‘Do you think TikTok will be around this time next year?’ It’s the question on many of our clients’ lips right now – and, frankly, it’s a bit of a hard one to answer.

On one hand, TikTok seems to be in hot water almost everywhere you look – from the grilling its CEO got at a full Congressional hearing in the US to partial TikTok bans implemented by multiple nations (including New Zealand, which no longer allows TikTok to be used on Government devices). But, on the other hand, it’s one of the world’s fastest growing social networks, with more than a billion users globally… that’s going to be hard to shut down!

While no one can say definitively what will happen, here’s a quick summary of the issues at play and our take on what will happen next.

First up, what’s behind the big concern about TikTok?

The main concern that governments like that of the USA have about TikTok is the potential for the data that the app collects to be accessed by the Chinese Government. This CNN article by Brian Fung sums it up nicely:

“The US government has said it’s worried China could use its national security laws to access the significant amount of personal information that TikTok, like most social media applications, collects from its US users. The laws in question are extraordinarily broad, according to western legal experts, requiring “any organization or citizen” in China to “support, assist and cooperate with state intelligence work,” without defining what “intelligence work” means.”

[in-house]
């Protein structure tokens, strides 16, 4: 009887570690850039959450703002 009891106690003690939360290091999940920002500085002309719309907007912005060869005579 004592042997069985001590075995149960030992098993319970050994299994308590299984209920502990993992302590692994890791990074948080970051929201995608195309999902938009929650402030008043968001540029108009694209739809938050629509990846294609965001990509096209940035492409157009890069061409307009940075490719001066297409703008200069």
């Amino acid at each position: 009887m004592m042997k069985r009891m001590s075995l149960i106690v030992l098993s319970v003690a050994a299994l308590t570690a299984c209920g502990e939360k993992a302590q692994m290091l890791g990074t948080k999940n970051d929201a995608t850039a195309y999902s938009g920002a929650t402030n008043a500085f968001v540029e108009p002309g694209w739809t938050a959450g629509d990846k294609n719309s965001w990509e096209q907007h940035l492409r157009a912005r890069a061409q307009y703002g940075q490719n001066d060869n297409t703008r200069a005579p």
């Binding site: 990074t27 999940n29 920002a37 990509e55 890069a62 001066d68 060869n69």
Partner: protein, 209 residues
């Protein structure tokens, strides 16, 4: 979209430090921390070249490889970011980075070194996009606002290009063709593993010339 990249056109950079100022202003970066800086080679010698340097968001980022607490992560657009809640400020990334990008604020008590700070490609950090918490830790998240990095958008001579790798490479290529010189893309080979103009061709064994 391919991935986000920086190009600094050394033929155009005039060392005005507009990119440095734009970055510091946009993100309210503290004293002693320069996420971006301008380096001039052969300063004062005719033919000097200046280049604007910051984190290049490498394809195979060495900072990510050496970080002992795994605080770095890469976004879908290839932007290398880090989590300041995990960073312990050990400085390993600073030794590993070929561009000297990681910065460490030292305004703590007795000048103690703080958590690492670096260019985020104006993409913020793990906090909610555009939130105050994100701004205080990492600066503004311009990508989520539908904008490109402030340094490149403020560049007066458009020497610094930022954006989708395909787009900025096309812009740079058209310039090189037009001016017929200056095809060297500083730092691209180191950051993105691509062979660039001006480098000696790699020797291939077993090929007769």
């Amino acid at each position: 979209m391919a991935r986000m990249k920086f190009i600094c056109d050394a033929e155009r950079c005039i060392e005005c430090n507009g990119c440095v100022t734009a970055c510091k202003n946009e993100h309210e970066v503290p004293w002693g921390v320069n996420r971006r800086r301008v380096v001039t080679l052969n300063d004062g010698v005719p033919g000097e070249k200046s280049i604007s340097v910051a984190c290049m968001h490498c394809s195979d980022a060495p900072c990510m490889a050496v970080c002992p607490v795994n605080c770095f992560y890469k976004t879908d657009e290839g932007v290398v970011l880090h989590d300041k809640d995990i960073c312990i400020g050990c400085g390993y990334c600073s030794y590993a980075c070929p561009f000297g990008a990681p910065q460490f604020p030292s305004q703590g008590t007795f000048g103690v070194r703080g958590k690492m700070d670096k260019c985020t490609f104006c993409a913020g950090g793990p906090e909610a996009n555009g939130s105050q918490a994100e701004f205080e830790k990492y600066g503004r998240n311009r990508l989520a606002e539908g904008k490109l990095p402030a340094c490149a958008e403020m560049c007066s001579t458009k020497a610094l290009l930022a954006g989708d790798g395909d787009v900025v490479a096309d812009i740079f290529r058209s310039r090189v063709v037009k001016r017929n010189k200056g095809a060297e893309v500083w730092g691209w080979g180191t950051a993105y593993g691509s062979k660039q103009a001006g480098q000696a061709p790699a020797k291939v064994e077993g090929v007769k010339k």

For those wondering why TikTok’s critics are so worried about the Chinese government’s influence (as opposed to, say, the US government’s influence over Facebook owner, Meta), it’s important to note that operating a business in China is very different to many other parts of the world. In the same CNN article, Fung notes that:

“TikTok doesn’t operate in China. But since the Chinese government enjoys significant leverage over businesses under its jurisdiction, the theory goes that ByteDance (a China-based business which owns TikTok), and thus indirectly, TikTok, could be forced to cooperate with a broad range of security activities, including possibly the transfer of TikTok data…”